This is the conclusion of a three-part article

Globalization Here and in China, Part Two

  img_4632_a         Detroit today

This is Part Two of an article from the New York Times on the comparative effects of globalization here in the US and in China.

By ANDREW BROWN, October 22, 2016

Deindustrialization in Dongguan looks very different from its historical counterpart in New England or in the smokestack cities of the American Midwest and South, which have emerged as Mr. Trump’s political base. There, communities disintegrate, skilled factory workers bag groceries at Wal-Mart, and many of the unemployed succumb to the opiates plague. In Dongguan, blue-collar armies simply melt back into the countryside, and many are able to pick up work in urban areas closer to home.

There are jobs available in China’s emerging services sector. Even in depressed Dongguan, employment agencies advertise positions at $1,000 a month for motorcycle couriers who deliver office lunches and packages. And, so far at least, the Chinese public’s faith in their government’s economic management remains solid. Almost 90% think that the economy is in good shape, according to a recent Pew survey, and 60% believe that their country’s involvement in the global economy is a good thing.

But Mr. Xi sees the clouds gathering. He speaks with a shrug of the “new normal” of slower growth, and his assertive nationalism—he popped up on television recently in combat fatigues and has used reefs in the South China Sea to create military-style fortifications—betrays deep insecurities.

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Mr. Xi has a daunting problem on his hands: The consumer economy isn’t expanding fast enough to make up for lost manufacturing. GDP growth has been slowing every year since 2011. E-commerce may be booming, but bricks-and-mortar shops are shedding staff. Mass layoffs loom in “zombie” state enterprises that crank out products in massive oversupply, like steel rods and cement, and survive only on government-directed handouts. . .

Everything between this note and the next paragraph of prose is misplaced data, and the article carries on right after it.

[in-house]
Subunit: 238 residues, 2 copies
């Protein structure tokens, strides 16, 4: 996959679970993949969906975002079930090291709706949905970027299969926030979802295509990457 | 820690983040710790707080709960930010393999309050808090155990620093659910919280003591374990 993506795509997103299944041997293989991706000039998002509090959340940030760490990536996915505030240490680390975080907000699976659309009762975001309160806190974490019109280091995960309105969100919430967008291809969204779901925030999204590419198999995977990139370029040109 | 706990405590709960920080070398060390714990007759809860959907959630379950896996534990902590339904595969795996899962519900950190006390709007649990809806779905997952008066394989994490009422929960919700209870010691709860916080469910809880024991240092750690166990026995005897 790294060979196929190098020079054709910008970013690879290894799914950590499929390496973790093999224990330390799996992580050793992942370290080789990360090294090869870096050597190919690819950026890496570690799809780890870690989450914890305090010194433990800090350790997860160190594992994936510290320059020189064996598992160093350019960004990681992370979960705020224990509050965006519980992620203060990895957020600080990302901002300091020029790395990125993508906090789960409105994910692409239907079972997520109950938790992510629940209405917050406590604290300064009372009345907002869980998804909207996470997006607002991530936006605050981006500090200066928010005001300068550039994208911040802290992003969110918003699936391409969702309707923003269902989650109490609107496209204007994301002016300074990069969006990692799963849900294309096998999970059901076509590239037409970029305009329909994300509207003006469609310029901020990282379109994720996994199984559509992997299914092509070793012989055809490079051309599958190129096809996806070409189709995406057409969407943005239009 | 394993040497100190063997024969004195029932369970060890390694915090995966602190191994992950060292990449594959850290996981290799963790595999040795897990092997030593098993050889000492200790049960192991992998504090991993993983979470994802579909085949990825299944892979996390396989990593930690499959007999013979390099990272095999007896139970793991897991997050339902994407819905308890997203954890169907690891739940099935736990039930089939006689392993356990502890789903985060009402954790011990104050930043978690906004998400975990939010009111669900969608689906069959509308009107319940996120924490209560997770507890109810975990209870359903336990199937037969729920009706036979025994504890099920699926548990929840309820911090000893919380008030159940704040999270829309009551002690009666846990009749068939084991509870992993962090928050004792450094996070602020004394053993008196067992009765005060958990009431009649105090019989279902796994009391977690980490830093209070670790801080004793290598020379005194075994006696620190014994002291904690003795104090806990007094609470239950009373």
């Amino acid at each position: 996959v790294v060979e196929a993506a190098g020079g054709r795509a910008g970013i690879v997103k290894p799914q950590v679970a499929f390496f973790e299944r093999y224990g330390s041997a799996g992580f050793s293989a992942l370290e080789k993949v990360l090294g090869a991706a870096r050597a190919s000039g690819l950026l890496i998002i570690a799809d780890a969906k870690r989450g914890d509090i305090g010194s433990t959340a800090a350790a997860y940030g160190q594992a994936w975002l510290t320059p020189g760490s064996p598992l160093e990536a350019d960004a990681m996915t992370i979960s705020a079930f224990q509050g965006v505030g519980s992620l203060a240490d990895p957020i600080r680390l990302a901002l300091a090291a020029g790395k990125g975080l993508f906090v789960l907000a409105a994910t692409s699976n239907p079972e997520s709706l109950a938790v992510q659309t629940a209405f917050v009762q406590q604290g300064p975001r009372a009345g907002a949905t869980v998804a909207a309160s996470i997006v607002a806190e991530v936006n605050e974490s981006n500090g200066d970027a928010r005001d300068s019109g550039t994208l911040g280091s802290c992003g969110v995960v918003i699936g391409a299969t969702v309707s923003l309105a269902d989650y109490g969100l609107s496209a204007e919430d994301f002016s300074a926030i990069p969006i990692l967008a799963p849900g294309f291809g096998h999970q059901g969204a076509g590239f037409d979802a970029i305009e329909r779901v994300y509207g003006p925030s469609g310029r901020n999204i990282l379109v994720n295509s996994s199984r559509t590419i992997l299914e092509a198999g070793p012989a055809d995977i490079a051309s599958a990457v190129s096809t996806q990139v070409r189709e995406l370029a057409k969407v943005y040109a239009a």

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Premier Li Keqiang is pumping money into high-tech manufacturing, like semiconductors, while promoting “mass entrepreneurship and innovation” to create jobs; 4.4 million startups got off the ground last year, with generous government help. Daniel Lin, a serial entrepreneur, runs a business incubator with a $7.5 million grant from the Dongguan government. Its first candidate: a team promoting a smart bra that monitors for cancer.

There is no knowing whether such ventures will ever succeed. Meanwhile, Beijing is keeping the economy buoyant by inflating an already massive property bubble and adding to a mountain of national debt. . .

In this context, Mr. Trump’s anti-trade agenda is incendiary. It is also too late. The damage to the American workforce is done. Slapping a 45% tariff on Chinese exports to the U.S., as Mr. Trump has threatened to do, won’t return jobs to places like Lowell, which is the ostensible reasoning behind his plan. Rather, it will hasten the outflow of Chinese jobs to lower-cost destinations such as Cambodia and Myanmar. Mr. Trump’s promises to bring back jobs, says Robert Forrant, a former factory machinist who is now a history professor at the University of Massachusetts Lowell, are “beyond ludicrous.”

America largely wrote the rules for global trade after World War II. Successive U.S. administrations treated trade almost as a gift that they bestowed on the world; free movement of goods and capital would bind the U.S. more closely to its friends and allies in a liberal global order. This generosity, however, failed to take account of China’s game-changing potential.

Between 1991 and 2007—the 16-year period when Dongguan was on a roll—the value of U.S. goods imported from China increased by a staggering 1,156%, according to research by the economists David H. Autor, David Horn and Gordon H. Hanson. U.S. exports to China grew much less.

To be continued

Globalization Here and in China, Part One

This fascinating article, comparing the effects of globalization in the US and in China, which have close parallels and wide differences, appeared in last Saturday/Sunday’s Wall Street Journal.  This blog has been keeping close tabs on globalization in America but it has not occurred to us to look at its effects abroad until we came across this piece. We can reach a better understanding of our own situation by observing what occurs in other countries.

Because of the length of this article we are subdividing it into three parts, the first part of which we present here:

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 Textile mills of Lowell, Massachusetts in the 19th century

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By ANDREW BROWN, October 22, 2016

Just about a century ago, the Boston merchants who had helped to build the textile town of Lowell, Mass., into the cradle of the American industrial revolution started pulling out. First, the spindles and looms shifted to the low-wage South. A half-century later, they migrated to the “miracle” economies of East Asia.

The Youngor Textiles Factory.

The Youngor Textiles Factory, in Yinzhou District, Ningbo. Youngor is a major textiles and apparel brand in China.